eventually alex took to playing live semi-regularly with a reformed big star, with two of the posies subbing for absent original members (chris bell, initial co-frontman and another undersung talent, died in a car accident in 1978 — his is yet another strange, sad tale — while andy hummel just left the band in the mid 70’s of his own accord and never returned). you could sense his heart was never really in it, even if the chops were still there.
it’s always sad (and a little sobering) when your heroes die. so far, a good deal of the artists who have seriously affected me musically are alive and kicking, and many more of them died before i was born, or before i had delved into their music enough to feel like i had lost anything. alex is one of the first to go where i’m in a position to actually experience that feeling of loss. his music has served as a pretty big part of the soundtrack of my life, particularly during some of the darker moments.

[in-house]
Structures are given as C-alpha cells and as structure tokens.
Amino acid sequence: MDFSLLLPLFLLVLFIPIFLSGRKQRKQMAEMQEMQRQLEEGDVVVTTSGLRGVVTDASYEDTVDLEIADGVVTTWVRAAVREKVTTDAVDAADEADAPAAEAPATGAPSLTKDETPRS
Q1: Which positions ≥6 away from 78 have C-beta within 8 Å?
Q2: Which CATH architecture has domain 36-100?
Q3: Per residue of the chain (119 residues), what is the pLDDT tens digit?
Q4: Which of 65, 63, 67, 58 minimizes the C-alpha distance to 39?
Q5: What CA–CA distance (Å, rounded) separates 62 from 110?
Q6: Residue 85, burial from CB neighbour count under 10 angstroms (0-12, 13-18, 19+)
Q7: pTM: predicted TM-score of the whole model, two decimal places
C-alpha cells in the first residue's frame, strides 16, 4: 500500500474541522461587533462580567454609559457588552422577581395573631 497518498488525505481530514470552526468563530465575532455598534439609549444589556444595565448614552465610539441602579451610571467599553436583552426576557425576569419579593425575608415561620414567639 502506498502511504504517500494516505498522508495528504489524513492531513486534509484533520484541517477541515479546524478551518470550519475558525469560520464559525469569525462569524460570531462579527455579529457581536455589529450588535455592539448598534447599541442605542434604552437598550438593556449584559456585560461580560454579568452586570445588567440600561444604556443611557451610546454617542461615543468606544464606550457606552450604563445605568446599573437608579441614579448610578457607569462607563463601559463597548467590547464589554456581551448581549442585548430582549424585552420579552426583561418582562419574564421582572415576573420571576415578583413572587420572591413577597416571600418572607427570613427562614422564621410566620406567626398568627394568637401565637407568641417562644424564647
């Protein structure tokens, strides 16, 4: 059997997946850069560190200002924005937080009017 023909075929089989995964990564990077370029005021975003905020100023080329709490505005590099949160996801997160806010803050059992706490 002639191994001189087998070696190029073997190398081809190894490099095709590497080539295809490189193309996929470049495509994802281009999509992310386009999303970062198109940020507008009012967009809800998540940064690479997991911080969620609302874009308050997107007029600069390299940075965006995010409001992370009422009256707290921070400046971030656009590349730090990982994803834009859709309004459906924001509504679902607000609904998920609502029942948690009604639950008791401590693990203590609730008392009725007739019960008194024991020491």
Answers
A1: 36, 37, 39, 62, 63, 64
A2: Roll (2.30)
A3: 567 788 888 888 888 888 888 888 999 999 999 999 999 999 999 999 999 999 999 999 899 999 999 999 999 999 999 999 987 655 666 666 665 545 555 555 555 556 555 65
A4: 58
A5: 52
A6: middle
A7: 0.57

i was first intrigued by the mystery of big star around 1998 or ’99, when i read a bit about the band in rock: the rough guide, the book that was instrumental in saving me from musical mediocrity. i found the first two albums at the mall, conveniently on one cd. radio city is still a desert island album for me. the same is true of third/sister lovers, which is basically the sound of alex realizing his dreams of stardom are toast through no fault of his own (already cynical and jaded beyond his years at the age of 23), taking a lot of drugs to numb the pain of commercial failure, and pissing all over the potential pop appeal of his songs while inadvertently capturing exactly where his head is at.